Children in danger as protection failings 'not addressed'
VULNERABLE children who are in danger in their own homes are not being taken away from their parents because there are not enough places in care for them, union leaders claimed today.
The warning comes in part of a report two years after serious failings in Edinburgh's child protection system were highlighted by an inquiry headed by Susan O'Brien, QC, following the death of 11-week-old Caleb Ness, who was killed by his father.
Today's report from trade union Unison has found that a string of recommendations to address failings have yet to be met.
The O'Brien findings cited serious failings at all levels of child protection services across the Capital, but Unison has found that five of the 20 recommendations made by O'Brien which affect council staff have not been fully implemented.
A total of 14 social workers are needed to deal with the huge workload of child protection cases, computer systems are inadequate, health and education staff are failing to attend key meetings about vulnerable children and not enough money is being pumped into social work, according to today's report.
But its most serious claim is that because of a shortage of places in care homes, some children are having to stay at home even though social workers have identified them as being at risk.
The union claims funding for more residential places is not being made available to the council by the Scottish Executive.
Unison branch secretary John Stevenson said: "I don't think it's putting any child at risk of death but it's not as safe as if the child was in care. One of the major frustrations for any social worker is to want to remove a child from harm, but to have nowhere for the child to go."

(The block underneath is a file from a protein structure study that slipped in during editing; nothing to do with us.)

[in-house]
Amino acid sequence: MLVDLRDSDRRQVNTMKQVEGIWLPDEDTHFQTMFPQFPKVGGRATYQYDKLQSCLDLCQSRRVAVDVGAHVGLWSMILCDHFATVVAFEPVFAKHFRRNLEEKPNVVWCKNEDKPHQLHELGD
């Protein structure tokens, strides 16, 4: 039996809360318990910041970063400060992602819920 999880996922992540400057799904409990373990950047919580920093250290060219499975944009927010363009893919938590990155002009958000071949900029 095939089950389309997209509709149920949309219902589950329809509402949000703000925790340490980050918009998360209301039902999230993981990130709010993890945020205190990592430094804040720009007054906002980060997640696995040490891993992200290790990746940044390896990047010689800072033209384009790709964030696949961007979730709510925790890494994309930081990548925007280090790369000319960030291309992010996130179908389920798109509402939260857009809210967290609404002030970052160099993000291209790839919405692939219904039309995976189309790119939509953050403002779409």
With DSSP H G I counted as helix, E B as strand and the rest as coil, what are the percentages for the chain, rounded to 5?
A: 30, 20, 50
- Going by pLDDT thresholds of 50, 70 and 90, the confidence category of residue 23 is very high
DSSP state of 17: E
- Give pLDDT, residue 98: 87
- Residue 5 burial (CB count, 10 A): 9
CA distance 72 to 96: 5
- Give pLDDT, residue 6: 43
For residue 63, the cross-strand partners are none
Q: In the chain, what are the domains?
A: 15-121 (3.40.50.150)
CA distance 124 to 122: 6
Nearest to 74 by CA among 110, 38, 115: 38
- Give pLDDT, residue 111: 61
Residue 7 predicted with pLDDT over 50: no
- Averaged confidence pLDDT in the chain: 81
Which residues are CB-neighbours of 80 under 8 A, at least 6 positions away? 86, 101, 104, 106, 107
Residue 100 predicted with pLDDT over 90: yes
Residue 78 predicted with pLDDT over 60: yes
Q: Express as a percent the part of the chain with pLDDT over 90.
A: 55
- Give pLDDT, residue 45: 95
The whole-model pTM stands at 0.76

The new report also says staff shortages mean social workers are having to prioritise workloads.
Unison believes an extra 14 staff are needed to cope, despite the council saying it has filled all its vacancies.
Following the O'Brien inquiry, which made 35 recommendations, 11 social work assistants were employed to deal with admin and free up social workers' time.
But the union is concerned that the council does not appear to have budgeted for the additional staff needed. Today's report also claims that communication difficulties between social workers and GPs- a key criticism raised by the O'Brien Inquiry - have not been addressed.
The union also looked at the findings of an audit of child protection carried out by a social work consultant a year after the O'Brien report. It recommended measures be brought in to ensure social workers, police and health authorities worked more closely together.
But the Unison report has said this had still not been done and the passing of information is still reliant solely on the dedication of staff. Although meetings to discuss a child's case were well attended by health and education officials following the inquiry, their attendance is now tailing off, today's report claims.
The union also found that social workers are having to queue to use computers.
Mr Stevenson added: "A lot of work has been done and we acknowledge that. Most social workers would say things have improved a great deal and we now need to work together to deal with the problems they still face."
Caleb's brain-damaged father was jailed for 11 years after he admitted shaking the boy to death in a Leith flat in 2001.
Caleb's mother, Shirley Malcolm, was taking a methadone prescription to a chemist's when the attack occurred. The baby also spent the first month of his life in a hospital intensive care unit recovering from an addiction to the drug acquired in the womb.
Council leader Donald Anderson said the council had provided an additional 5 million for social work services in last year's budget and 1m was earmarked to implement the O'Brien recommendations.
He said: "A further 474,000 has been provided for this financial year and 220,000 in next year's budget - funding that will enable us to increase staffing and reduce caseloads further.
"Unison agree with us that the issue of placements for children is a Scotland-wide issue."
Cathryn Orr, NHS Lothian's Child Health Commissioner, denied that staff attendance at case conferences was in decline.
Search for a job
Search for a car
Search for a house
Weather for Edinburgh
Wednesday 22 May 2013
Temperature: 3 C to 13 C
Wind Speed: 23 mph
Wind direction: West
Temperature: 5 C to 11 C
Wind Speed: 23 mph
Wind direction: North west